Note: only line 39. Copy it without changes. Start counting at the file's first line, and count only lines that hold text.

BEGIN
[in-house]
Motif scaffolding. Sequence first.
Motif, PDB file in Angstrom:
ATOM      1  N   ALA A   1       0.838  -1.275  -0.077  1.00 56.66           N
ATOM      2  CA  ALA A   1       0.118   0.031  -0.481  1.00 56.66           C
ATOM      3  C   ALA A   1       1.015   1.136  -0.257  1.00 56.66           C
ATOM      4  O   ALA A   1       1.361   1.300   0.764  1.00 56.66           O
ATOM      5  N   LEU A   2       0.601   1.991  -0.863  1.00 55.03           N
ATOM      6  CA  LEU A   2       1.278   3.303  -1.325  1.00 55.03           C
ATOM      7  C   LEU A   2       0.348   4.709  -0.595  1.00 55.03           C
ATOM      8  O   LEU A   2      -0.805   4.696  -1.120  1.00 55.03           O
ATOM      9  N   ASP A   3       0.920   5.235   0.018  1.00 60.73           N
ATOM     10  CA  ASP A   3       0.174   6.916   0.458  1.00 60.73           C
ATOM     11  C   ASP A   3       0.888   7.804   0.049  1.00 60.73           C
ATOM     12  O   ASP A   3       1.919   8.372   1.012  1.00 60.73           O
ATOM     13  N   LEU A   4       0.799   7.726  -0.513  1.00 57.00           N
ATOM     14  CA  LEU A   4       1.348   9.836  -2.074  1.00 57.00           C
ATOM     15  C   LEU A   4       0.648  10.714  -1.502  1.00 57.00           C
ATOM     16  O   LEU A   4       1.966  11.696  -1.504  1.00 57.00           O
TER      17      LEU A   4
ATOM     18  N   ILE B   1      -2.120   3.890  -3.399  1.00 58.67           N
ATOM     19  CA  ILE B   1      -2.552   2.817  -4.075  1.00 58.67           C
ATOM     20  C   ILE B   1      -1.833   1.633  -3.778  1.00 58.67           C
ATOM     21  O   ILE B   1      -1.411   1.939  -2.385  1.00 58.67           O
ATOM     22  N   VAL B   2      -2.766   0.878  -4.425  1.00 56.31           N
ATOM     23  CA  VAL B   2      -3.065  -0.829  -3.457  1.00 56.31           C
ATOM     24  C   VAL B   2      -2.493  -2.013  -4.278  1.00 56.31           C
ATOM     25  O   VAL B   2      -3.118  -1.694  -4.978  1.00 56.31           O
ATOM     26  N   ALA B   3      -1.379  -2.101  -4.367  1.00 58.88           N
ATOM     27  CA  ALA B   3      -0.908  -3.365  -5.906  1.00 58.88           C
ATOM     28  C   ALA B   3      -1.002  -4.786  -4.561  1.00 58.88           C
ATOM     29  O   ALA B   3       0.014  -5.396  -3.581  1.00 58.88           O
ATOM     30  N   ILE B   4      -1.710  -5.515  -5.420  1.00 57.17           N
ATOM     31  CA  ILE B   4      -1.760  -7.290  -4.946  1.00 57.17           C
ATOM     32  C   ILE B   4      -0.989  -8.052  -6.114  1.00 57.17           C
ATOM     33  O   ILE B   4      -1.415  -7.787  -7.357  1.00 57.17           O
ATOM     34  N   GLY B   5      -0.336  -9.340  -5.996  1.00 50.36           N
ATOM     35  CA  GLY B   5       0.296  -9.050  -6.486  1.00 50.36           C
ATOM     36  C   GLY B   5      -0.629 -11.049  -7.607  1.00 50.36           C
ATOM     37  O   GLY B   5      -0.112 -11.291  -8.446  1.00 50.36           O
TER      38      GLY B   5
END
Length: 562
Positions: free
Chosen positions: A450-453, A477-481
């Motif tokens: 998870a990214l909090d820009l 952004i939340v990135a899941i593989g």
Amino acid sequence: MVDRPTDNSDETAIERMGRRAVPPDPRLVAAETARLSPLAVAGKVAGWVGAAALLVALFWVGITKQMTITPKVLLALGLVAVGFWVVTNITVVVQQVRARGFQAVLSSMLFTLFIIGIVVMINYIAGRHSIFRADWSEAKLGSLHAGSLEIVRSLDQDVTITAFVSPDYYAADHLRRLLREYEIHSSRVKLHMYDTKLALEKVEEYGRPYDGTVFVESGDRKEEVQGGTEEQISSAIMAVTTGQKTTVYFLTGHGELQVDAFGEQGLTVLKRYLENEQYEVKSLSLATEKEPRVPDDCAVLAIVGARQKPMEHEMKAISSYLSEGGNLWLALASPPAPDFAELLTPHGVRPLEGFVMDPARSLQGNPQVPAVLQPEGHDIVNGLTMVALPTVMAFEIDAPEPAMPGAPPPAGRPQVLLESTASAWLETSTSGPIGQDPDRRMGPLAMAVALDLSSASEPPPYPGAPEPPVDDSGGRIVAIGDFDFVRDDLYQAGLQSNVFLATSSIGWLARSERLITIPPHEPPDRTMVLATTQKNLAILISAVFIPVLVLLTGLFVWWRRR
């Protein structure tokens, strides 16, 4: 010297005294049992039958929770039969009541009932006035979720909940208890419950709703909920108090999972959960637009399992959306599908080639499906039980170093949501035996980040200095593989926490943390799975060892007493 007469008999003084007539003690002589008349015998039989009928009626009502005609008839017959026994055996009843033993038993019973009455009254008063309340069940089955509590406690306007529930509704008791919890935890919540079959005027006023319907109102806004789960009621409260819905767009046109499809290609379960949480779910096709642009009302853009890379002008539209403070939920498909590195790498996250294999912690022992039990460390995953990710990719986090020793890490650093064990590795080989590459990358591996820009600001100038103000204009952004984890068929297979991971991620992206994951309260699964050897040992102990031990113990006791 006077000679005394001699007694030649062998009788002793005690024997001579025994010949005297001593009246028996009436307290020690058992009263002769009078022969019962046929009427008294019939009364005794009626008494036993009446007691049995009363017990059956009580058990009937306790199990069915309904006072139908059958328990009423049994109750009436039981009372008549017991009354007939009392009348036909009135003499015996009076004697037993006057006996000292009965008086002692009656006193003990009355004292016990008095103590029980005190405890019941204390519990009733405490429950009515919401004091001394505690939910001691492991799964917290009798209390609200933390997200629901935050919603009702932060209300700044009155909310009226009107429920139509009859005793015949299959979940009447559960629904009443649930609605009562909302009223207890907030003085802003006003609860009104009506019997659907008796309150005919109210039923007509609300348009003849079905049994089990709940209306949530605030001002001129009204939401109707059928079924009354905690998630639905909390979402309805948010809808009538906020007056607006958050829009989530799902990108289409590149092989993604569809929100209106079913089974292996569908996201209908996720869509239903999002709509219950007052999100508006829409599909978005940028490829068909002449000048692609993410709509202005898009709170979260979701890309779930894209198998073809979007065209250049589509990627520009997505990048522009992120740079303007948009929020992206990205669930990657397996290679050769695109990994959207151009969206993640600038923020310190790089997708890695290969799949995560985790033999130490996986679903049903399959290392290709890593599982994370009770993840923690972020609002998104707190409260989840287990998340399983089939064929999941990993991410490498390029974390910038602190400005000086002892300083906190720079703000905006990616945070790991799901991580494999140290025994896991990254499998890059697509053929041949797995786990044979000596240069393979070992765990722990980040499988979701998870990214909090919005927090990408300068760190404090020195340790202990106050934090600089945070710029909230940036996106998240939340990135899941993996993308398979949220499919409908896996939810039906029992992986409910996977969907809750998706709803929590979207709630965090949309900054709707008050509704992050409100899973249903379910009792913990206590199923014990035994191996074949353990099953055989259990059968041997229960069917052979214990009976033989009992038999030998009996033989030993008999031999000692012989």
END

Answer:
ATOM     36  C   GLY B   5      -0.629 -11.049  -7.607  1.00 50.36           C